It’s stunning, but given the state of America’s 401(k)s, it’s not terribly surprising.
On March 31, 2016, Joe Pinsker writes in The Atlantic:
Sometimes, there is a single bonkers statistic that encapsulates a troubling—but abstract—truth about the financial world. One example is when The New York Timescalculated that there are fewer companies in the S&P 1500 run by women than there are companies run by men named John.
And now, courtesy of the Center for Effective Government, a nonprofit, and the Institute for Policy Studies, a think tank, here is another: Together, 100 American CEOs have more saved up for retirement than 41 percent of American families combined.
The CEO with the largest nest egg on the report’s list was David C. Novak, the former chief of Yum Brands (which owns KFC, Pizza Hut, and Taco Bell), and now its executive chairman. At last count, Novak had nearly $250 million in his retirement account, according to the report, which got its data on CEOs from companies’ SEC filings.
For the purposes of comparison, the average Yum employee had about $70,000 in his or her 401(k). That means the Novak’s retirement savings are more than 3,330 times the size of the typical Yum employee’s, which makes the ratio of average CEO pay to average worker pay—300:1—look relatively small.
The report, in a way, obscures the crisis at hand. The comparison it’s making—between 100 exceedingly well-paid executives and tens of millions of Americans—suggests intolerable corporate excess. As the report makes clear, on the CEO side of the equation, there are beefy retirement accounts flush with more than $4.5 billion. But on the typical-American side of the equation, there are a huge number of people who have practically nothing saved up—for all American households nearing retirement age, the median retirement-account balance isabout $12,000. So, it’s not so much that these CEOs have a lot (they do) but that everyone else has next to nothing.
With that in mind, the fact that 100 CEOs have saved up more than 41 percent of Americans is stunning but not surprising. Over the last few decades, companies have moved away from providing their workers with pensions, which used to offer a degree of security in retirement. But during that transition, pensions weren’t reliably replaced with retirement-savings accounts, such that now only about 40 percent of private-sector American workers have any kind of employer-provided or subsidized retirement plan, such as a pension or a 401(k). Everyone else is on their own.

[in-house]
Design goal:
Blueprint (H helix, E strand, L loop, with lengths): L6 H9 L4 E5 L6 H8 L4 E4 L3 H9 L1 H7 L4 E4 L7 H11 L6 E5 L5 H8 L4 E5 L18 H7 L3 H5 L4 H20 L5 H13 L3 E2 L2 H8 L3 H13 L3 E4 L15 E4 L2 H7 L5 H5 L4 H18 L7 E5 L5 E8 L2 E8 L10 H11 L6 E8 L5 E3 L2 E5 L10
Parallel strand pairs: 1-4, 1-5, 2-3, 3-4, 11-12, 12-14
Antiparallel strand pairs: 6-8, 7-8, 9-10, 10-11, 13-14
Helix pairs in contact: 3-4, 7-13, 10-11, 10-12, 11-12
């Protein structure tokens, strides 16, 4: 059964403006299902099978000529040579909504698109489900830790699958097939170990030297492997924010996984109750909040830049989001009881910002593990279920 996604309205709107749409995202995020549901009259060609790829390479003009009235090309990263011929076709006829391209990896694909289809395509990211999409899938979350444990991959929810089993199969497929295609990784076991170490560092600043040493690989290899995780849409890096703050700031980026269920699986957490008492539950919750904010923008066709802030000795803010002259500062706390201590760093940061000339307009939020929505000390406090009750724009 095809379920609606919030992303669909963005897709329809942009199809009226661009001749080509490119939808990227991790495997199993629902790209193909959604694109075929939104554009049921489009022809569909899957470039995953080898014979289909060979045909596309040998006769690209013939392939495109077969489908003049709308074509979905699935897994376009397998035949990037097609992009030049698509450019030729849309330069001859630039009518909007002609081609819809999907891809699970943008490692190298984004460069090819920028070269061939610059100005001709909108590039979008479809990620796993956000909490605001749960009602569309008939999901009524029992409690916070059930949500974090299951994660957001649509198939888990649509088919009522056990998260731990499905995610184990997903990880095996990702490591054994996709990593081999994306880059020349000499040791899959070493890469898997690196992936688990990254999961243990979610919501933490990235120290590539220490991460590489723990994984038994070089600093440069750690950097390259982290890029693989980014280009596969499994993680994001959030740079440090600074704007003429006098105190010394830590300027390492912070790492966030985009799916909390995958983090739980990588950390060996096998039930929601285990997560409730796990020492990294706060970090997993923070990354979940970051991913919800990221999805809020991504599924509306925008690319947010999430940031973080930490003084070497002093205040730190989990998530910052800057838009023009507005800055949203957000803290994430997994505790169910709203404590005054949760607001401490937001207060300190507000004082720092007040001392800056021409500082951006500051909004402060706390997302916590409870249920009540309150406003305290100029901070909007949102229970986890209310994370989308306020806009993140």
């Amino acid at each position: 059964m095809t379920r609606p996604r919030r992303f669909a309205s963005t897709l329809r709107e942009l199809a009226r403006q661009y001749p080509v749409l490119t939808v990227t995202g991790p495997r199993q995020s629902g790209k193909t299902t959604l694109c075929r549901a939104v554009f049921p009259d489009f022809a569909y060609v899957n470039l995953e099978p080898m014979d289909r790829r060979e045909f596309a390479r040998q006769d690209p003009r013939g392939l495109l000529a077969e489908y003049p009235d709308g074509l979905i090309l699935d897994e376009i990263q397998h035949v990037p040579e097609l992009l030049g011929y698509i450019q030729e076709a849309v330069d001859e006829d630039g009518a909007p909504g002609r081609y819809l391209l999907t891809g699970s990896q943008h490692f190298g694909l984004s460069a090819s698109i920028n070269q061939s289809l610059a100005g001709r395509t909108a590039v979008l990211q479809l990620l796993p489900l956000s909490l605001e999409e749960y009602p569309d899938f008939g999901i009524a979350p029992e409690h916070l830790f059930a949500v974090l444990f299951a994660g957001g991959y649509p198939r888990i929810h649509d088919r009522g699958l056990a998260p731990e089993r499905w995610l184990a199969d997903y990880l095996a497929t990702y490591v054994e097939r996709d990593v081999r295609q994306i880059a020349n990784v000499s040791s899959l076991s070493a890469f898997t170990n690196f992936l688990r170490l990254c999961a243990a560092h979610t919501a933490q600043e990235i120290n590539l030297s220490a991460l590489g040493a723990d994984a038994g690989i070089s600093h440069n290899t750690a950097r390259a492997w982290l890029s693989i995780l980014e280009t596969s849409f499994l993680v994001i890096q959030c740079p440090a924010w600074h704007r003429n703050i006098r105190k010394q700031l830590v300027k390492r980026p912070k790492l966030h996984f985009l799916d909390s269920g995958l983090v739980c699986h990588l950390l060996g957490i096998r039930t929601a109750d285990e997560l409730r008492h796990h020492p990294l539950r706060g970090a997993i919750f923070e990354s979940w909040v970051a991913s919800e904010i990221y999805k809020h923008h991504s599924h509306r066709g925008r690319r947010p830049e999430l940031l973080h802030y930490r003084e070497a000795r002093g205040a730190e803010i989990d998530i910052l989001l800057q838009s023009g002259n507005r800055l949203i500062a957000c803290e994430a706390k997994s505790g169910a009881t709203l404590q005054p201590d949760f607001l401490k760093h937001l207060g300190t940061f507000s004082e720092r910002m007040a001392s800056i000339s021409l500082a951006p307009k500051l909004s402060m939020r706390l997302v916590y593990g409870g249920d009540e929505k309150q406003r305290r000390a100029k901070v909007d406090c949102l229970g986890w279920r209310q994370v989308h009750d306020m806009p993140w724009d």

CEOs can afford to save because their earnings far exceed the earnings necessary to meet a generally affluent lifestyle. Thus, they are able to reframe, unlike the vast majority of Americans, from consuming ALL of their earnings, which in large part are due to stock OWNERSHIP in the companies that employ them. Capital OWNERSHIP is the core reason that people become wealthy and remain wealthy throughout their life.
But the vast majority of Americans are not capital OWNERS and are solely dependent on wages, which increasingly are under competitive pressure due to globalization and bad trade deals, which are eliminating good-paying jobs in the United States and devaluing the worth of labor. And because the financial monetary system requires “past savings” to gain capital OWNERSHIP stakes in America’s profitable, stable, and growth corporations, there is no way that they can deny enough consumption to save and invest.
Though millions of Americans own diluted stock value through the “stock market exchanges,” purchased with their earnings as labor workers, their stock holdings are relatively minuscule, as are their dividend payments compared to the top 10 percent of capital owners. Pew Research found that 53 percent of Americans own no stock at all, and out of the 47 percent who do, the richest 5 percent own two-thirds of that stock. And only 10 percent of Americans have pensions, so stock market gains or losses don’t affect the incomes of most retirees.
By supporting the passage of the proposed Capital Homestead Act the nation can return to an asset-backed money system that can be used to generate through local commercial banks and the 12 regional Fed Reserve offices interest-free an equal allotment of capital credit to a Capital Homestead Account for each child, woman and man. This would equalize personal access to the means to acquire full-dividend payout shares issued by enterprises to finance sustainable growth in the economy or transfers of existing fulldividend payout shares. The credit would be repaid by “future savings” in the form of future pretax dividends. Reinforced by a radically new tax system and inheritance laws, America could begin closing the wealth gap between the top 0.1 percent and the bottom 90 percent and promote true economic democracy as the means of promoting effective political and social democracy. This new financing approach would no longer need the past accumulations of the rich, other savers or government financing. We would become the first economically classless society since our ancestors stepped out of the caves.
For more in-depth reading see my articles “Economic Democracy And Binary Economics: Solutions For A Troubled Nation and Economy” at http://foreconomicjustice.org/11/economic-justice/ and “A Solution To Eroding Retirement Security” at http://www.huffingtonpost.com/gary-reber/a-solution-to-eroding-retirement_b_4103834.html and at http://www.nationofchange.org/solution-eroding-retirement-security-1382020223.